Now looking a lot like Santa Claus, Larry was one of the first who recognized my talent as a finish guy. At first, he’d find me backstage and privately ask for advice on a finish. When it came time to go over it in front of the boys, he’d give them the same finish to the match as I suggested. He did this knowing that some of the other boys might not appreciate a young punk like me coming up with the finish. Eventually, Larry would ask in the company of other boys, “What do you think, Scott?” Before long I was helping Lawler come up with finishes and angles, which didn’t exactly thrill booker Randy Hales.

After another heel run, the Moondogs were turned babyfaces to feud with my team of Tommy Rich and Buddy Landell in 1995. To set up a bout for the following Monday—a Chair-a-Mania match (in which chairs would be scattered about the ring for anyone to use)—the Dogs were booked to dish out a particularly brutal beating to Rich, Landell and … me. When I interfered to save Rich from being pinned, Splat knocked me to my knees. Rising to my feet—and keeping my back as straight as possible—Larry nailed me with a chair shot that sounded like a gun going off. Amazingly enough, it didn’t hurt—at least not until I woke up the next morning.

During next week’s Chair-a-Mania, I’m scheduled to get clobbered at the beginning of Chair-a-Mania and crawl to the back. This time, however, Larry wants to change things up, y’know, for “the people.” (The Memphis boys rarely called the fans “marks.” It was always “the people.” And scary people they could be.) Instead, I’d take this shot on the head. When I ask how I should protect myself this time, Larry looks me in the eye and laughs: “You’re better off not putting your hands up to block it—just close your eyes and take it.” Yeah, easy for him to say. Besides, I seem to recall a certain Moondog Spot using his paws to block all those chair shots from Fargo and Lane more than 10 years ago. When I mention this, he responds: “Yeah, and it looked like shit, didn’t it?” So, I listened to Larry. I took the shot, and he didn’t kill me. In accordance with the boys’ philosophy: More important than my head still being attached, it looked good on TV. For the people. That old Dog had taught me another trick of the trade.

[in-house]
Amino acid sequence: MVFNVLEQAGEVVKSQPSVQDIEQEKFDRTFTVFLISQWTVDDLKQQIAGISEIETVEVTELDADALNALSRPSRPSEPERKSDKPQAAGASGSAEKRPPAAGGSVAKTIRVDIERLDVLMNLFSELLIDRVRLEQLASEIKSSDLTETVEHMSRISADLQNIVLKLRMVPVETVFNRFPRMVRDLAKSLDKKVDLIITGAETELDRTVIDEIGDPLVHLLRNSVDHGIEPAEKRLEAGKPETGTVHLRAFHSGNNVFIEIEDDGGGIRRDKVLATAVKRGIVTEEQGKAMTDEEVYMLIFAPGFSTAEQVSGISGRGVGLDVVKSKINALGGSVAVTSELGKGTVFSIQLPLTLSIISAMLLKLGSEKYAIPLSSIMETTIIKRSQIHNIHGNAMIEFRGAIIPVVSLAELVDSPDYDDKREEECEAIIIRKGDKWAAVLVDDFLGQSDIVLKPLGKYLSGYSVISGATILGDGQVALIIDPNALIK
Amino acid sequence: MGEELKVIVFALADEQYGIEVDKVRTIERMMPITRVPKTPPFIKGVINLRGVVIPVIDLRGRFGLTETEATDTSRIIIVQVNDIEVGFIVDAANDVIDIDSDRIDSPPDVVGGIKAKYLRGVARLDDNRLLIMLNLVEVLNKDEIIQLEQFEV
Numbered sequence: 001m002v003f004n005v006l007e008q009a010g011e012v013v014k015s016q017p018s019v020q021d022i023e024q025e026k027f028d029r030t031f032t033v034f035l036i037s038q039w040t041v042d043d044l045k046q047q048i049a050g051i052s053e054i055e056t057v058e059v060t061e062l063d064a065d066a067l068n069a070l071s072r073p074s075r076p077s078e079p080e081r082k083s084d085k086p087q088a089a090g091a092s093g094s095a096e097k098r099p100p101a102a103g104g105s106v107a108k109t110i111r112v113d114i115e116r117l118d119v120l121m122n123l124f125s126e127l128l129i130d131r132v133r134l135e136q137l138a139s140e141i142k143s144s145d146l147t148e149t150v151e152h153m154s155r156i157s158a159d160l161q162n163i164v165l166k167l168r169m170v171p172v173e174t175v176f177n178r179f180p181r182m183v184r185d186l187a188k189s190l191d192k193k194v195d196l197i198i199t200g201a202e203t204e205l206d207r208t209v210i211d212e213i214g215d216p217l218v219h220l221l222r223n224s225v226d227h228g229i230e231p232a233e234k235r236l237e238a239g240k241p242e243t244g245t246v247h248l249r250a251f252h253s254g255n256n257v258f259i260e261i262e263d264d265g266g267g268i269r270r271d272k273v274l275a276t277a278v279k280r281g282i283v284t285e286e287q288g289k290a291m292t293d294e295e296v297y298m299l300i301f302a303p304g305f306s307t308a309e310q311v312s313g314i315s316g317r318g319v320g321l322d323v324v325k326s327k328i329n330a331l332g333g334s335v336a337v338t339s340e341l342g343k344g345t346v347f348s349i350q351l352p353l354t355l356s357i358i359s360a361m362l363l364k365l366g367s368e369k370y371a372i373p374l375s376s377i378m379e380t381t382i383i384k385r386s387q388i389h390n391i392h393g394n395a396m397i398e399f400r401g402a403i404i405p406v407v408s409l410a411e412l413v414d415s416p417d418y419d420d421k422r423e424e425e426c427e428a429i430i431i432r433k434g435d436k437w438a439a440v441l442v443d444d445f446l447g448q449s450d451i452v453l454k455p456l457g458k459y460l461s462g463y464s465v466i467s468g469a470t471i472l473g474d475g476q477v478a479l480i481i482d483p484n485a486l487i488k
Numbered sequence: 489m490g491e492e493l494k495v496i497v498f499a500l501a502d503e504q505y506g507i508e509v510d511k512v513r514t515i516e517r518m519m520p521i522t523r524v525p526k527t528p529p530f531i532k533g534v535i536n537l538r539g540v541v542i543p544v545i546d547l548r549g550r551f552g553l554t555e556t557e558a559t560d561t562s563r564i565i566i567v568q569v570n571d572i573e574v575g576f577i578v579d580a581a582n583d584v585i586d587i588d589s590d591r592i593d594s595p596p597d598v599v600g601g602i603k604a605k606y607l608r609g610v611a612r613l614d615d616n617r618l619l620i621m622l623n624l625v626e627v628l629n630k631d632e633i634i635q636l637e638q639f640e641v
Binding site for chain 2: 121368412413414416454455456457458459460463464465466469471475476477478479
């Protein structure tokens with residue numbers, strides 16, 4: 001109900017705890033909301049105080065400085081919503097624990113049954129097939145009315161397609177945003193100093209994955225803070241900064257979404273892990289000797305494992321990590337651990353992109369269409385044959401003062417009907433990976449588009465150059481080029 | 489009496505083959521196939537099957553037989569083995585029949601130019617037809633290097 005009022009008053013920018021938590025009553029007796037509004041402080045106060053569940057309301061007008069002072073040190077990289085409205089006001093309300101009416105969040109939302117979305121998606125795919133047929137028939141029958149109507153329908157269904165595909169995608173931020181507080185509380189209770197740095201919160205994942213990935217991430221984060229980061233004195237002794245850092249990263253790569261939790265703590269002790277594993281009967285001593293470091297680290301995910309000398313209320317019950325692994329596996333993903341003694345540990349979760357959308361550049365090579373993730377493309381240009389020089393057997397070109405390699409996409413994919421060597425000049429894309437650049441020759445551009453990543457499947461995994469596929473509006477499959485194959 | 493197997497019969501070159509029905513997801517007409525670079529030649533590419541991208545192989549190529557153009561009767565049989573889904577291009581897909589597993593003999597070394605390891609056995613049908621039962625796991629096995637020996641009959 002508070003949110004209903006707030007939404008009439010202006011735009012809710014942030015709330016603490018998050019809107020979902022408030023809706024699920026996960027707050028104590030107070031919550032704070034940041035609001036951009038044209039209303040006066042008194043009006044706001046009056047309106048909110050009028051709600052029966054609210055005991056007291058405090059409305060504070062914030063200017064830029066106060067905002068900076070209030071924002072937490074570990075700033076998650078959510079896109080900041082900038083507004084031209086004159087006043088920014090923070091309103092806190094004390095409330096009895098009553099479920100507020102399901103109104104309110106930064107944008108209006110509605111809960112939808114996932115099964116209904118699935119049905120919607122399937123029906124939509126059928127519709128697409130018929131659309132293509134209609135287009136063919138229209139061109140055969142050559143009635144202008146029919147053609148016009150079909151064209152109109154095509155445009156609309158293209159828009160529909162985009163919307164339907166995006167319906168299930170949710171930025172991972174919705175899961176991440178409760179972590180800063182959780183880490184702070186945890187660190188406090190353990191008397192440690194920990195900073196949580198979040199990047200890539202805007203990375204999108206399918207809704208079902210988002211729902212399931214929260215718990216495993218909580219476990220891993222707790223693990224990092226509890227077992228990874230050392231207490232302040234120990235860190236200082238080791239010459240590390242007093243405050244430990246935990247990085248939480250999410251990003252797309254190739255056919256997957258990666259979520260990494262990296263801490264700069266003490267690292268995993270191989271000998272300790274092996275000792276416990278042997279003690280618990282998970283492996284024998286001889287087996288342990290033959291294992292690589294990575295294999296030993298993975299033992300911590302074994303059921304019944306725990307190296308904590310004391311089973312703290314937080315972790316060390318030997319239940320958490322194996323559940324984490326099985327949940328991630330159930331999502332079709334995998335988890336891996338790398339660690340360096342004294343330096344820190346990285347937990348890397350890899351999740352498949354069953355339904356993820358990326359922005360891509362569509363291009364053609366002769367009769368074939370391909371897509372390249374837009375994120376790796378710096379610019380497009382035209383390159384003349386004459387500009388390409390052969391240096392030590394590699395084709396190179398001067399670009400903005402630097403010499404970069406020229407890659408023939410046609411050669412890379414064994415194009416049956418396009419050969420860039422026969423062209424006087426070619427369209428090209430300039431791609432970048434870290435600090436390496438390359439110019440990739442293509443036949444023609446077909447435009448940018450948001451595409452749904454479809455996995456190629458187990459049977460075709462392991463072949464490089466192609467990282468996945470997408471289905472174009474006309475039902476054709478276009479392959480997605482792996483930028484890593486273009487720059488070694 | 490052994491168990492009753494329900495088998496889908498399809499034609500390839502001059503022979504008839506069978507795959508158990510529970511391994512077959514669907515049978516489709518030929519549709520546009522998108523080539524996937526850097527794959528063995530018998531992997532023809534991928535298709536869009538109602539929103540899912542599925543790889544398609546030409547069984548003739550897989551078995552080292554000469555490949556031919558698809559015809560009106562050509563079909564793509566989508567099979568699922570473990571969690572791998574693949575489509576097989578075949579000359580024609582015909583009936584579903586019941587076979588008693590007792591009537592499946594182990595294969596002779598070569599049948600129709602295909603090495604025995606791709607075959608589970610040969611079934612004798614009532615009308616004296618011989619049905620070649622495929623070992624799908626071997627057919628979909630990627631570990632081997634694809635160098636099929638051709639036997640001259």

The last time I saw Larry was at the Big One Expo Center, where the Memphis cards were relegated to during the summer of ’96. The Moondogs were, appropriately enough, scratching and clawing in the same building where the town’s largest flea market was held on the weekends.

After years of entertaining Memphis fans, Larry Booker died of a heart attack in the ring at the Mid-South Coliseum while working a match as part of a birthday celebration card for Lawler on November 29, 2003. He was 51…or 9.5 dog years.

Dragon Masterpiece: new WWE DVD spotlights Ricky Steamboat

June 29th, 2010 4 comments

Just as important as the top dog in a territory in the kayfabe days was the No. 2 drawing card. In a sense, No. 1 was only as good as No. 2; in fact, they co-existed as stars and drew money because of the chemistry between the two. Simply put, No. 1 couldn’t have captured the imagination of wrestling fans—not to mention all those title belts–without No. 2. Meanwhile, in most cases, they both were probably each taking credit for the houses at the time, i.e., the money drawn at the arenas, because, well, that’s how the business was back then. A little legit professional jealousy was always considered good for the business, with the lines of fantasy and reality blurred.